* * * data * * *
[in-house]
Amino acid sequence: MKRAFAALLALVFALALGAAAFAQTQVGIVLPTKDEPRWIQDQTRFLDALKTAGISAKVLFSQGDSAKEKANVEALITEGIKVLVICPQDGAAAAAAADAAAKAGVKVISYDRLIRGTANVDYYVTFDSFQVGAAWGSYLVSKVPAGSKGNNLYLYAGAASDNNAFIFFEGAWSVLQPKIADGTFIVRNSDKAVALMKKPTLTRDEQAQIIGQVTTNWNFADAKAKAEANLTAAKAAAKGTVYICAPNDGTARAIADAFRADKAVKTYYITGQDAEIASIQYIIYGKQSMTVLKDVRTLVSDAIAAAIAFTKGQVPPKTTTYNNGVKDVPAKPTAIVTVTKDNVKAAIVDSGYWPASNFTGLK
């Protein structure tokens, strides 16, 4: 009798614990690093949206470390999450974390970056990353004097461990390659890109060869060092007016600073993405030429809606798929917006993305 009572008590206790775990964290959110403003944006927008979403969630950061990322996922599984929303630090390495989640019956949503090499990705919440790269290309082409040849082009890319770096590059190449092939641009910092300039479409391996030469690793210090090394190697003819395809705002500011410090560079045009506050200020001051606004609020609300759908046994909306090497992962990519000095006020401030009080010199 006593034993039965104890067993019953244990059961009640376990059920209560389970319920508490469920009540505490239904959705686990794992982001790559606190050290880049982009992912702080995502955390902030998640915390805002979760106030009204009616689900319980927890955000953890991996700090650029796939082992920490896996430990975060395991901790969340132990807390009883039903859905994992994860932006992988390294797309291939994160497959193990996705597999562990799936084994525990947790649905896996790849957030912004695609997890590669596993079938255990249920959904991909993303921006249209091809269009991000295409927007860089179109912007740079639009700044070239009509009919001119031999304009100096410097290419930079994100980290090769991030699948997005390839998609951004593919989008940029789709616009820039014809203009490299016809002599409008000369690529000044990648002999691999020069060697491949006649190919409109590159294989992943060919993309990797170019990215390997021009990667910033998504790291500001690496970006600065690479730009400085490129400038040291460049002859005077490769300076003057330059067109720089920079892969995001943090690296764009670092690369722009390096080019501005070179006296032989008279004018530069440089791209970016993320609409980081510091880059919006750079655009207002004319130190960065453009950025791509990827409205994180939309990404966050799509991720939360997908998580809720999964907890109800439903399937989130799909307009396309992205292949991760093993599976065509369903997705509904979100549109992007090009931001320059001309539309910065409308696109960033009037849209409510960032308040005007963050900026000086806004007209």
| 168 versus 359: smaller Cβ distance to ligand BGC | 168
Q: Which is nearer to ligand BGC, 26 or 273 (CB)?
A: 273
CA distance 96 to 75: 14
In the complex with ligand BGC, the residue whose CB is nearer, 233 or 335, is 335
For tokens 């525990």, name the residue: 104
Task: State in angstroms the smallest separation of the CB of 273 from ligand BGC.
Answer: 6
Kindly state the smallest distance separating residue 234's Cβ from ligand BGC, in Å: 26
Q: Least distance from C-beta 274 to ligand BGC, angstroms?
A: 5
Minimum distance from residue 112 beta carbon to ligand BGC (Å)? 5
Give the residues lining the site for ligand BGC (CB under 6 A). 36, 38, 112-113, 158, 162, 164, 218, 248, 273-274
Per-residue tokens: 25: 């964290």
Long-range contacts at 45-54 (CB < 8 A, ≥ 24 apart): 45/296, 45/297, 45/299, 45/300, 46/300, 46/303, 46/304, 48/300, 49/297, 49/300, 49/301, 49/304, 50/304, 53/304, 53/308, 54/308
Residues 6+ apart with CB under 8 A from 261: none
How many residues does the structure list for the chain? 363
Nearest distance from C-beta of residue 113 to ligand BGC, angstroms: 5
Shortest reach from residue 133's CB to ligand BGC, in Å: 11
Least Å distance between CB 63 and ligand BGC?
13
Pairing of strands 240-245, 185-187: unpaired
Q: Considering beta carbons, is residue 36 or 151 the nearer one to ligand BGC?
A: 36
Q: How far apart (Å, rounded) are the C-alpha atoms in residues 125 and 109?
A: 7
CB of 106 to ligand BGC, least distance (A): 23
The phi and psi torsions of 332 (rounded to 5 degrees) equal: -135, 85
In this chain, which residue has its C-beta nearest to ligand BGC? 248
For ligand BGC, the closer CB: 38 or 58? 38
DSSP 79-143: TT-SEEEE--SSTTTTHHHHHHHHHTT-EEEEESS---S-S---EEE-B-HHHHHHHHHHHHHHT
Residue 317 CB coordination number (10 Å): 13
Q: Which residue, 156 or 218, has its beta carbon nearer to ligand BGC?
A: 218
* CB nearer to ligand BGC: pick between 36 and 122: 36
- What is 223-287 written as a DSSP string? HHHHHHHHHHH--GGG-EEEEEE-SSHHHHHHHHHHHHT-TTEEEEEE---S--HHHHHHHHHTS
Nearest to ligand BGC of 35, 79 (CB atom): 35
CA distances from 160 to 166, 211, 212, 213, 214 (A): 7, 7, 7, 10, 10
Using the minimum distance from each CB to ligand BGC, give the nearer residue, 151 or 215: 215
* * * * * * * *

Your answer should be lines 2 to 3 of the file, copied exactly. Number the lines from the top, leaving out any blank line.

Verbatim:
Amino acid sequence: MKRAFAALLALVFALALGAAAFAQTQVGIVLPTKDEPRWIQDQTRFLDALKTAGISAKVLFSQGDSAKEKANVEALITEGIKVLVICPQDGAAAAAAADAAAKAGVKVISYDRLIRGTANVDYYVTFDSFQVGAAWGSYLVSKVPAGSKGNNLYLYAGAASDNNAFIFFEGAWSVLQPKIADGTFIVRNSDKAVALMKKPTLTRDEQAQIIGQVTTNWNFADAKAKAEANLTAAKAAAKGTVYICAPNDGTARAIADAFRADKAVKTYYITGQDAEIASIQYIIYGKQSMTVLKDVRTLVSDAIAAAIAFTKGQVPPKTTTYNNGVKDVPAKPTAIVTVTKDNVKAAIVDSGYWPASNFTGLK
């Protein structure tokens, strides 16, 4: 009798614990690093949206470390999450974390970056990353004097461990390659890109060869060092007016600073993405030429809606798929917006993305 009572008590206790775990964290959110403003944006927008979403969630950061990322996922599984929303630090390495989640019956949503090499990705919440790269290309082409040849082009890319770096590059190449092939641009910092300039479409391996030469690793210090090394190697003819395809705002500011410090560079045009506050200020001051606004609020609300759908046994909306090497992962990519000095006020401030009080010199 006593034993039965104890067993019953244990059961009640376990059920209560389970319920508490469920009540505490239904959705686990794992982001790559606190050290880049982009992912702080995502955390902030998640915390805002979760106030009204009616689900319980927890955000953890991996700090650029796939082992920490896996430990975060395991901790969340132990807390009883039903859905994992994860932006992988390294797309291939994160497959193990996705597999562990799936084994525990947790649905896996790849957030912004695609997890590669596993079938255990249920959904991909993303921006249209091809269009991000295409927007860089179109912007740079639009700044070239009509009919001119031999304009100096410097290419930079994100980290090769991030699948997005390839998609951004593919989008940029789709616009820039014809203009490299016809002599409008000369690529000044990648002999691999020069060697491949006649190919409109590159294989992943060919993309990797170019990215390997021009990667910033998504790291500001690496970006600065690479730009400085490129400038040291460049002859005077490769300076003057330059067109720089920079892969995001943090690296764009670092690369722009390096080019501005070179006296032989008279004018530069440089791209970016993320609409980081510091880059919006750079655009207002004319130190960065453009950025791509990827409205994180939309990404966050799509991720939360997908998580809720999964907890109800439903399937989130799909307009396309992205292949991760093993599976065509369903997705509904979100549109992007090009931001320059001309539309910065409308696109960033009037849209409510960032308040005007963050900026000086806004007209």